Revitalizing Liberia’s ICT Sector: The Road Ahead
By: Dr. Darren Wilkins
A few days ago, we elected a new government to govern the nation for the next six years. Even though they say “government is continuity,” almost every government comes with its own agenda that makes fundamental or superficial changes to policies and projects of the previous government.
Moreover, in the era of rapid technological advancement, a robust Information and Communication Technology (ICT) sector is essential for the socio-economic development of any nation. Liberia stands at a critical stage where revitalizing its ICT sector can catalyze progress and open new horizons. As a new government takes over, we anticipate strategic planning, investments, and a collective commitment to harness the transformative power of technology.
Revitalizing our ICT sector initially requires a comprehensive assessment of the current landscape. Other crucial steps that must be taken include an evaluation of our existing infrastructure, digital literacy levels, and regulatory frameworks. Identifying strengths and weaknesses will provide a roadmap for targeted interventions. These steps will help pave the way for a thriving ICT sector.
Upon evaluating the areas mentioned above, some action will need to be taken to ensure the sector is revived to a point where it can boost socio-economic development. One area that requires action is our ICT infrastructure. A solid ICT infrastructure forms the backbone of technological progress. We must invest in expanding and upgrading its telecommunications networks, ensuring reliable and high-speed internet connectivity across urban and rural areas. Infrastructure development is not just about connectivity; it includes the establishment of data centers, cybersecurity measures, and the integration of emerging technologies.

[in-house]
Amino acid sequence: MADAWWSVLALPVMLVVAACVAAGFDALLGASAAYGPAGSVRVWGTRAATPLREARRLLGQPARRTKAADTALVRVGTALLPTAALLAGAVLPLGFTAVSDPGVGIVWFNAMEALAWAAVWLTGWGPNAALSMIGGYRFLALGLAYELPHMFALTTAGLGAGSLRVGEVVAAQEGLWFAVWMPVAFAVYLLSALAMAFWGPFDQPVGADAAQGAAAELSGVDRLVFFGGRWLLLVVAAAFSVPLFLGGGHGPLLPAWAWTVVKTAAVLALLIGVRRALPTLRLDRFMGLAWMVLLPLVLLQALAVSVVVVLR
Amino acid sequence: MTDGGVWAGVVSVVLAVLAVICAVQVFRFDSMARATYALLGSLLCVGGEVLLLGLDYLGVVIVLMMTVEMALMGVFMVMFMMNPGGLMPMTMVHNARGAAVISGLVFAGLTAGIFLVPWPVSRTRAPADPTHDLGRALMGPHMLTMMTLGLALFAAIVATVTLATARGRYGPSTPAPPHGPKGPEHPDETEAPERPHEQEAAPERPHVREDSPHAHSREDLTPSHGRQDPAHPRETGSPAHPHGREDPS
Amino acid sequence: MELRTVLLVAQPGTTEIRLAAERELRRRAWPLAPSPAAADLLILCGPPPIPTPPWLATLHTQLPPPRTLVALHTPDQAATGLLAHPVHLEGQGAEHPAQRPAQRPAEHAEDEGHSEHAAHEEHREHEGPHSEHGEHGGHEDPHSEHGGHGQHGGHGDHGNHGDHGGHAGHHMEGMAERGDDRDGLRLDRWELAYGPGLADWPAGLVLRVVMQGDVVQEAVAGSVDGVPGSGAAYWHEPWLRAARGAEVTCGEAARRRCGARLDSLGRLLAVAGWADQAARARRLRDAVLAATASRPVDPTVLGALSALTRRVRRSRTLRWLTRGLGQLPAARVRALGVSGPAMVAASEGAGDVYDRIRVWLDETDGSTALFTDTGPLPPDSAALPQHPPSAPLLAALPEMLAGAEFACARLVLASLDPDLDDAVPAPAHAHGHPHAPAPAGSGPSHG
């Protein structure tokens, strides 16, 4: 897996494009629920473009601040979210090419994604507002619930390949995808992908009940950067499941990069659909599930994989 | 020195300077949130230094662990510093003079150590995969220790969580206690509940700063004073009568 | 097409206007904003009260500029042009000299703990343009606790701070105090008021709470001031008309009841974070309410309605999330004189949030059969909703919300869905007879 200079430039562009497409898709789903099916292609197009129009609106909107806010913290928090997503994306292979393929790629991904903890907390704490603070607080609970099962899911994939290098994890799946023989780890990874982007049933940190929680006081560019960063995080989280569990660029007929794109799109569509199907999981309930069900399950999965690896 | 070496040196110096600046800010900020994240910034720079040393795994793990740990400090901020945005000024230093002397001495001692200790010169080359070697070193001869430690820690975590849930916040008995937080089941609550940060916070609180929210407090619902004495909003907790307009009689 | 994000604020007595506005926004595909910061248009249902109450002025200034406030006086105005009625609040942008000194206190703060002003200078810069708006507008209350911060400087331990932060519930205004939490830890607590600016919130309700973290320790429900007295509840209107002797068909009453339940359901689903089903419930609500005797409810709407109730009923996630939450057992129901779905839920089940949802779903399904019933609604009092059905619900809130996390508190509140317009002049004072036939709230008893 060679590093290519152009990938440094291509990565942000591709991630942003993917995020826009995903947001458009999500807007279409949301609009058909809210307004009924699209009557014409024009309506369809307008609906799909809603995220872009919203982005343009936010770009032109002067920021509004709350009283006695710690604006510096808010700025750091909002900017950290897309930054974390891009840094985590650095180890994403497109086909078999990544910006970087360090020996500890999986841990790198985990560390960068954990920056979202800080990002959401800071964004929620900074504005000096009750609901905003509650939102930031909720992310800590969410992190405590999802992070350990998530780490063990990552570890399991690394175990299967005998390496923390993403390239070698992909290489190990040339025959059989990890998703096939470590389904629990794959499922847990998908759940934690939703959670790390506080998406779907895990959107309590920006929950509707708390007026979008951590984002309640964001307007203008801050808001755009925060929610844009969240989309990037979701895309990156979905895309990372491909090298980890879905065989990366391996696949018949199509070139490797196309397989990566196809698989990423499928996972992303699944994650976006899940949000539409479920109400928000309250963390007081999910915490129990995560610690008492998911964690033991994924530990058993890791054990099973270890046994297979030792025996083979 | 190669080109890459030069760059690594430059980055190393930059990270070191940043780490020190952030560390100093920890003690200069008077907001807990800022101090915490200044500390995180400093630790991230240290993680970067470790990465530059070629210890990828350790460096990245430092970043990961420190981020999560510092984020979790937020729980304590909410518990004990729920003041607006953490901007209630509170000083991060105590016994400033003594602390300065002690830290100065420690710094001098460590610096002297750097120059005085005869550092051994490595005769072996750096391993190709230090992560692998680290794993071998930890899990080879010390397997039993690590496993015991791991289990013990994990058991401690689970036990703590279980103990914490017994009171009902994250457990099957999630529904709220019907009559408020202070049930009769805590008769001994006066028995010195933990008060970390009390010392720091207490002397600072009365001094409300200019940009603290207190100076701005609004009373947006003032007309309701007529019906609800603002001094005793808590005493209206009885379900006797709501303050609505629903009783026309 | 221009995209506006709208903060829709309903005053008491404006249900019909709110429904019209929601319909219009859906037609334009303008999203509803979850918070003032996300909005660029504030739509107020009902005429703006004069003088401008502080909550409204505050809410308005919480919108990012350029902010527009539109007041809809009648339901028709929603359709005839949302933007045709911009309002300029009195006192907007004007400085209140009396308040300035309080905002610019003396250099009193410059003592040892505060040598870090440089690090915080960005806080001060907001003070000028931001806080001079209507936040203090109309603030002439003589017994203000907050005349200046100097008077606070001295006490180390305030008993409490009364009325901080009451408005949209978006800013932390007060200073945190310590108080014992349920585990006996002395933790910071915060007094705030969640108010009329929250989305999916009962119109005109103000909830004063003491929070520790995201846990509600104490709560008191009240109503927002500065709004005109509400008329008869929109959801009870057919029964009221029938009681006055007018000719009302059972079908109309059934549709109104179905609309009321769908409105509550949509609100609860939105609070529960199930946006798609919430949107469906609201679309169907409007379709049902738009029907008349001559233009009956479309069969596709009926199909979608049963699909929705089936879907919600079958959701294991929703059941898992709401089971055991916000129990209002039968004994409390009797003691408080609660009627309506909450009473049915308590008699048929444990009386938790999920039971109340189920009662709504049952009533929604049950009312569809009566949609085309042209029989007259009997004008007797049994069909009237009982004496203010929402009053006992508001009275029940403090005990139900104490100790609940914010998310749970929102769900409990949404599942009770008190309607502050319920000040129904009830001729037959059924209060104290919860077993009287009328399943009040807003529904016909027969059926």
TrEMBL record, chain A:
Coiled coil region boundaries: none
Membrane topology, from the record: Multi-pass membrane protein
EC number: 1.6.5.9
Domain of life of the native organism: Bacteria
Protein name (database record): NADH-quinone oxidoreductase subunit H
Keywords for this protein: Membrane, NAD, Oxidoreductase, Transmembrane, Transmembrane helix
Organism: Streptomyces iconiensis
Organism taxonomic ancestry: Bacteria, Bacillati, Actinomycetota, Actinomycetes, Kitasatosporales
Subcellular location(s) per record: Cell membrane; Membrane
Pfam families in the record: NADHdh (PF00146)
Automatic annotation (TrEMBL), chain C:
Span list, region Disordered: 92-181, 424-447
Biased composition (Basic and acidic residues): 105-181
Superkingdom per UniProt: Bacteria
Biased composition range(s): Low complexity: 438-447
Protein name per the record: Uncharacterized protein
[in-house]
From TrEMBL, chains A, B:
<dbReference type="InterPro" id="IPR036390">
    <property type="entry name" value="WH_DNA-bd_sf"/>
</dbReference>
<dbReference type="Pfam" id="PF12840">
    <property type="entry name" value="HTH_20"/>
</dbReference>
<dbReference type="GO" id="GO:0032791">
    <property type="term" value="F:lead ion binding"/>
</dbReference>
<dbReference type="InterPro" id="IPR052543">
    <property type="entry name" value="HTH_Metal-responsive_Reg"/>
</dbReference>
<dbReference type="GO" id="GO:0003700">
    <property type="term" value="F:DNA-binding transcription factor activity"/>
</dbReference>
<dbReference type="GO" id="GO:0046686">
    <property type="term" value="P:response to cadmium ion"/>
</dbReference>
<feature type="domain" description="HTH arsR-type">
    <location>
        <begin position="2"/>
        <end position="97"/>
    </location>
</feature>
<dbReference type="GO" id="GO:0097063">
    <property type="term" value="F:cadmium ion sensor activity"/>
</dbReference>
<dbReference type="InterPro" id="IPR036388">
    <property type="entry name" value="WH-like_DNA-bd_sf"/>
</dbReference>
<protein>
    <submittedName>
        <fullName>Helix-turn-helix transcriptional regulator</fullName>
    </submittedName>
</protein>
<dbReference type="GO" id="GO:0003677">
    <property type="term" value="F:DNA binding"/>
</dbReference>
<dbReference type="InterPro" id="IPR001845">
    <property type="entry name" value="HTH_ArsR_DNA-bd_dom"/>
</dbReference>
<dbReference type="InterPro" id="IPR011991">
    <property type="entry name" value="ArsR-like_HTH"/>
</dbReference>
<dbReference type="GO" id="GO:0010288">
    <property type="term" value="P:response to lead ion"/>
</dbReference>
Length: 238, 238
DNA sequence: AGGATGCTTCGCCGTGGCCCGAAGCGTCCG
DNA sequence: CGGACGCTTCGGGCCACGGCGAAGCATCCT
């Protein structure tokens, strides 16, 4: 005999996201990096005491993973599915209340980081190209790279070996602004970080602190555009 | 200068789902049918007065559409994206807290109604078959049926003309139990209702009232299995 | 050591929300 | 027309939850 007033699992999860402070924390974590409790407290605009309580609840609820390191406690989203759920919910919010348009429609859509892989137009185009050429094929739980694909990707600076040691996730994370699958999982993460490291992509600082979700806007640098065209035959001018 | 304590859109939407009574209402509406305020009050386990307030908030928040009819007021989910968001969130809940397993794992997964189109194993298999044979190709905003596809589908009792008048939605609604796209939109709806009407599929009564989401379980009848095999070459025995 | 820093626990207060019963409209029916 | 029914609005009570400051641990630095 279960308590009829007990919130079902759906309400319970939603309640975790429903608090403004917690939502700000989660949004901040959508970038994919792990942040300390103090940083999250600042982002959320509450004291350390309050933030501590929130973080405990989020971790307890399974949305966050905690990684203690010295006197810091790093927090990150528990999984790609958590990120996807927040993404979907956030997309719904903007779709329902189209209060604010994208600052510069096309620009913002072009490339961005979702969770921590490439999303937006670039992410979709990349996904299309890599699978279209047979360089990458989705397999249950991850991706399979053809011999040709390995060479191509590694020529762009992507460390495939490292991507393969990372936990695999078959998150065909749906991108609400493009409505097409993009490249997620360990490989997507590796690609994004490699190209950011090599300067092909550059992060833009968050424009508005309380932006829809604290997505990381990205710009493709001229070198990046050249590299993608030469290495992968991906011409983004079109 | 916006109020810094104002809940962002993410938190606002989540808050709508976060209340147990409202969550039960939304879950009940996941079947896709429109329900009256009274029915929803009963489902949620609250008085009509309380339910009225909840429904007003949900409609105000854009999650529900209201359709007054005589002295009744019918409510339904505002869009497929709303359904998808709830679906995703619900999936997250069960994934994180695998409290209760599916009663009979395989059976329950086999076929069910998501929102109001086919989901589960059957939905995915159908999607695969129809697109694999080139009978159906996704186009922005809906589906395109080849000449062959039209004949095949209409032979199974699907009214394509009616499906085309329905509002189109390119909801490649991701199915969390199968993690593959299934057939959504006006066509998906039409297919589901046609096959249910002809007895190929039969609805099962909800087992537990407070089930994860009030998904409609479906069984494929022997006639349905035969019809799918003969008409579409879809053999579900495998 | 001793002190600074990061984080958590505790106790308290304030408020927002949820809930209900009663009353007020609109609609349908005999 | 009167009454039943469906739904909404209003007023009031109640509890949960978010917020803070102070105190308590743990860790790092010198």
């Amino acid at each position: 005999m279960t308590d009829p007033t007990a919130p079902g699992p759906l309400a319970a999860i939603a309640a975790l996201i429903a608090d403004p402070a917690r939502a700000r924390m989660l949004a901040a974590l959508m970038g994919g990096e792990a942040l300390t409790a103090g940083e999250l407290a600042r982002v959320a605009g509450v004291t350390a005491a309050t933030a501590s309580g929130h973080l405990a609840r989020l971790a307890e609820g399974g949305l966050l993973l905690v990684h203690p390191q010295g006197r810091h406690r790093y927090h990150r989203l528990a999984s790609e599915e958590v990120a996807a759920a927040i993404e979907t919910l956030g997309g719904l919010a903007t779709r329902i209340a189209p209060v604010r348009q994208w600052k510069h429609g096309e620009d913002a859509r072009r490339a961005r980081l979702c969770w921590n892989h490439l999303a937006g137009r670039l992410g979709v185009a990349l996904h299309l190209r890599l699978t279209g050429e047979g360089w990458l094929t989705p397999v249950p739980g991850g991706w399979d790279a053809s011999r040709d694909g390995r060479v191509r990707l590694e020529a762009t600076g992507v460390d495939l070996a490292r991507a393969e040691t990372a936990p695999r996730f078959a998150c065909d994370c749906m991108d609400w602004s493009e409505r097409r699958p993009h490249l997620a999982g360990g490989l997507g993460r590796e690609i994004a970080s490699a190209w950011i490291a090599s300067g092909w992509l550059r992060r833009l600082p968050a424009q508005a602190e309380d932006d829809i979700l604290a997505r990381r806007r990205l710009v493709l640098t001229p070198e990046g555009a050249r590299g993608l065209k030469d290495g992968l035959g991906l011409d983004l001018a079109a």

Another area that requires action is digital literacy. Empowering the population with digital literacy is fundamental to the success of any ICT-driven initiative. We need to implement comprehensive programs that equip citizens with the skills to navigate the digital landscape, fostering a tech-savvy workforce capable of contributing to a knowledge-based economy. We can do this by empowering the University of Liberia and other tertiary, vocational, and high schools. Investing in digital literacy programs at the high school level will help us build a critical mass that will jumpstart a digital economy.
Encouraging entrepreneurship and fostering innovation are catalysts for economic growth. We should create an environment conducive to tech startups by offering incentives, funding opportunities, and mentorship programs. Collaborations between the government, private sector, and academia can establish innovation hubs and incubators that nurture homegrown talent.
One area that innovation hubs in Liberia could improve is artificial intelligence. Over the last decade, artificial intelligence (AI) has come to be regarded as the next important step in the ICT revolution. AI can be defined as the use of machines and software developed with specific techniques and approaches for a given set of human-defined objectives, generating outputs such as content, predictions, recommendations, or decisions that influence the environments with which they interact. AI systems are able, for example, to substantially improve the efficiency of production processes for goods and services when “fed” good-quality, relevant (training) data. AI is considered a general-purpose technology (like the steam engine, electricity, and computers before it) with a wide variety of applications in many industries and sectors.